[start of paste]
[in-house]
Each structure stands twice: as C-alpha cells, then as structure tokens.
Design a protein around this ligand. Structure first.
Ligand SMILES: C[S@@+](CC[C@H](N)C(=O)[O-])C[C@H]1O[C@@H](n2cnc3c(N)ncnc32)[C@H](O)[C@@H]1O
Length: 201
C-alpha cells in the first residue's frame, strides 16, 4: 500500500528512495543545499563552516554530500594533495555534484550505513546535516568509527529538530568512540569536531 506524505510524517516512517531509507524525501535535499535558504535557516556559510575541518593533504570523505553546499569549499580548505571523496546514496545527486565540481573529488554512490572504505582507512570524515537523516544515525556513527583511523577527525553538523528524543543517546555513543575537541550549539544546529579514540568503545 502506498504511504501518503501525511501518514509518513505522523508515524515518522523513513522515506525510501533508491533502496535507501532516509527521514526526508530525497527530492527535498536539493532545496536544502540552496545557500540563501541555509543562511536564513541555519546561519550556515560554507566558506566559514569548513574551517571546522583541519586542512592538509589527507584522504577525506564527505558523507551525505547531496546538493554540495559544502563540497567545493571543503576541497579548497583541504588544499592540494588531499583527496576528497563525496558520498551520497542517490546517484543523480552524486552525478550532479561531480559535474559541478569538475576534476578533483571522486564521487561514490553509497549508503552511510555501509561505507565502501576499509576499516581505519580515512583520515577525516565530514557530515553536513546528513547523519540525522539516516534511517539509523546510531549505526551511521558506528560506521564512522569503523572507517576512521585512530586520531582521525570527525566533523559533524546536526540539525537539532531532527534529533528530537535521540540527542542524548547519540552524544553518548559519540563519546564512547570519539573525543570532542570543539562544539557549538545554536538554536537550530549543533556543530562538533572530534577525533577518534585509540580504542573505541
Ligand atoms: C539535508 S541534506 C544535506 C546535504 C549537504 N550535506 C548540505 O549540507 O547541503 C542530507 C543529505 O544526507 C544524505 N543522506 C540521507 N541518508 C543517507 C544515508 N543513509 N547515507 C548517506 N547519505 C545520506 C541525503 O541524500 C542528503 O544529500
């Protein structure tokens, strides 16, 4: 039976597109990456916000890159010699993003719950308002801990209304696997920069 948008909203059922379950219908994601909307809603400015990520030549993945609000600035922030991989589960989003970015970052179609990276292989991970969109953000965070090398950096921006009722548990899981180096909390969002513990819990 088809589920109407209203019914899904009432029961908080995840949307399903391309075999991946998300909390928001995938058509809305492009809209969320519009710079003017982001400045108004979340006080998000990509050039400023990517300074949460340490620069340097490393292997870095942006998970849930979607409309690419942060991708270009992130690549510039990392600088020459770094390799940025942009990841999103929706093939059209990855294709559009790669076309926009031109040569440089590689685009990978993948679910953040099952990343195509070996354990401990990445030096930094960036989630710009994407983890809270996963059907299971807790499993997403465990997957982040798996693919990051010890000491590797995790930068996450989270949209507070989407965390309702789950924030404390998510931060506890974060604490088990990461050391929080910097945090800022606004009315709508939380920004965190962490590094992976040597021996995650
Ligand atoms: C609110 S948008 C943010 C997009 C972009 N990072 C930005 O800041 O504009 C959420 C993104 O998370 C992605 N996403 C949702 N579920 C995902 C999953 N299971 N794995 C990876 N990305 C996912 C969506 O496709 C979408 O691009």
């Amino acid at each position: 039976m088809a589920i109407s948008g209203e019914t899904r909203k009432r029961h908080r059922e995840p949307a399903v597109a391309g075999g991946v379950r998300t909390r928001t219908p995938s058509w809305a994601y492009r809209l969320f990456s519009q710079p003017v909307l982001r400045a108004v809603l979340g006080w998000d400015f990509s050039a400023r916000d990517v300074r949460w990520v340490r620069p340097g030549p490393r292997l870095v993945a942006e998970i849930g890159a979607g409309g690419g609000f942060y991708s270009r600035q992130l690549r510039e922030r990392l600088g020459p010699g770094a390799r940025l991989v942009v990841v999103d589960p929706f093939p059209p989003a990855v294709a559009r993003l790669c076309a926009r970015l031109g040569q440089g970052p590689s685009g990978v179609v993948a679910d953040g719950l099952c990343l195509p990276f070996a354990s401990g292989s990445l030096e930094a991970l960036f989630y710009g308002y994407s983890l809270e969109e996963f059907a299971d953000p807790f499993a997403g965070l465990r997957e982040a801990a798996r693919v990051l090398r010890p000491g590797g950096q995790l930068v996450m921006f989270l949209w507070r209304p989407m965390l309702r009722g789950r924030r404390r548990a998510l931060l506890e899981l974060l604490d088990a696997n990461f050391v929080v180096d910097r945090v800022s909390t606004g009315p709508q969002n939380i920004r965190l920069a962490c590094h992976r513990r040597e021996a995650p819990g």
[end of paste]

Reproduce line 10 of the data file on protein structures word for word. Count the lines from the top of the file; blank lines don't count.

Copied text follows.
């Amino acid at each position: 039976m088809a589920i109407s948008g209203e019914t899904r909203k009432r029961h908080r059922e995840p949307a399903v597109a391309g075999g991946v379950r998300t909390r928001t219908p995938s058509w809305a994601y492009r809209l969320f990456s519009q710079p003017v909307l982001r400045a108004v809603l979340g006080w998000d400015f990509s050039a400023r916000d990517v300074r949460w990520v340490r620069p340097g030549p490393r292997l870095v993945a942006e998970i849930g890159a979607g409309g690419g609000f942060y991708s270009r600035q992130l690549r510039e922030r990392l600088g020459p010699g770094a390799r940025l991989v942009v990841v999103d589960p929706f093939p059209p989003a990855v294709a559009r993003l790669c076309a926009r970015l031109g040569q440089g970052p590689s685009g990978v179609v993948a679910d953040g719950l099952c990343l195509p990276f070996a354990s401990g292989s990445l030096e930094a991970l960036f989630y710009g308002y994407s983890l809270e969109e996963f059907a299971d953000p807790f499993a997403g965070l465990r997957e982040a801990a798996r693919v990051l090398r010890p000491g590797g950096q995790l930068v996450m921006f989270l949209w507070r209304p989407m965390l309702r009722g789950r924030r404390r548990a998510l931060l506890e899981l974060l604490d088990a696997n990461f050391v929080v180096d910097r945090v800022s909390t606004g009315p709508q969002n939380i920004r965190l920069a962490c590094h992976r513990r040597e021996a995650p819990g």